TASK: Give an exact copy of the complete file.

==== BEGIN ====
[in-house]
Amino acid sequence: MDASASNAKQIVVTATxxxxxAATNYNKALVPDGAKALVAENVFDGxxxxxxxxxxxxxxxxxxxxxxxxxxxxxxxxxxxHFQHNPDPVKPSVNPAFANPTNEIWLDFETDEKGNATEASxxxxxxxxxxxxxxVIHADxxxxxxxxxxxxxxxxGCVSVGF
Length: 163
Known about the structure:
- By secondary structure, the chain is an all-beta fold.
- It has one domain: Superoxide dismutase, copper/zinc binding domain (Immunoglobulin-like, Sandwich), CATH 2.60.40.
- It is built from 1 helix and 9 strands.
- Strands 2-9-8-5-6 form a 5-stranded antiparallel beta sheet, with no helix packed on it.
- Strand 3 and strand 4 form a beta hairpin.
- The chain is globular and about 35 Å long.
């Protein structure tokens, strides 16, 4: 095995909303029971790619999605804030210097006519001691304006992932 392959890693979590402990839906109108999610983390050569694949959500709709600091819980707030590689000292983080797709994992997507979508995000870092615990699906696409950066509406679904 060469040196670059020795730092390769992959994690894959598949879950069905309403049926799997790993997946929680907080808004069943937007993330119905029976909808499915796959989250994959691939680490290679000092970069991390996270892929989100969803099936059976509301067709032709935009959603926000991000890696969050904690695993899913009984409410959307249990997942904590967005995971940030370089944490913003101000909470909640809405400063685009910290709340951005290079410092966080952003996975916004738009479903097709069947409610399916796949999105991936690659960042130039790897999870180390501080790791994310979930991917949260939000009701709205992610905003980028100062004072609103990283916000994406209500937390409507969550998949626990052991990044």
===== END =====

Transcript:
[in-house]
Amino acid sequence: MDASASNAKQIVVTATxxxxxAATNYNKALVPDGAKALVAENVFDGxxxxxxxxxxxxxxxxxxxxxxxxxxxxxxxxxxxHFQHNPDPVKPSVNPAFANPTNEIWLDFETDEKGNATEASxxxxxxxxxxxxxxVIHADxxxxxxxxxxxxxxxxGCVSVGF
Length: 163
Known about the structure:
- By secondary structure, the chain is an all-beta fold.
- It has one domain: Superoxide dismutase, copper/zinc binding domain (Immunoglobulin-like, Sandwich), CATH 2.60.40.
- It is built from 1 helix and 9 strands.
- Strands 2-9-8-5-6 form a 5-stranded antiparallel beta sheet, with no helix packed on it.
- Strand 3 and strand 4 form a beta hairpin.
- The chain is globular and about 35 Å long.
């Protein structure tokens, strides 16, 4: 095995909303029971790619999605804030210097006519001691304006992932 392959890693979590402990839906109108999610983390050569694949959500709709600091819980707030590689000292983080797709994992997507979508995000870092615990699906696409950066509406679904 060469040196670059020795730092390769992959994690894959598949879950069905309403049926799997790993997946929680907080808004069943937007993330119905029976909808499915796959989250994959691939680490290679000092970069991390996270892929989100969803099936059976509301067709032709935009959603926000991000890696969050904690695993899913009984409410959307249990997942904590967005995971940030370089944490913003101000909470909640809405400063685009910290709340951005290079410092966080952003996975916004738009479903097709069947409610399916796949999105991936690659960042130039790897999870180390501080790791994310979930991917949260939000009701709205992610905003980028100062004072609103990283916000994406209500937390409507969550998949626990052991990044």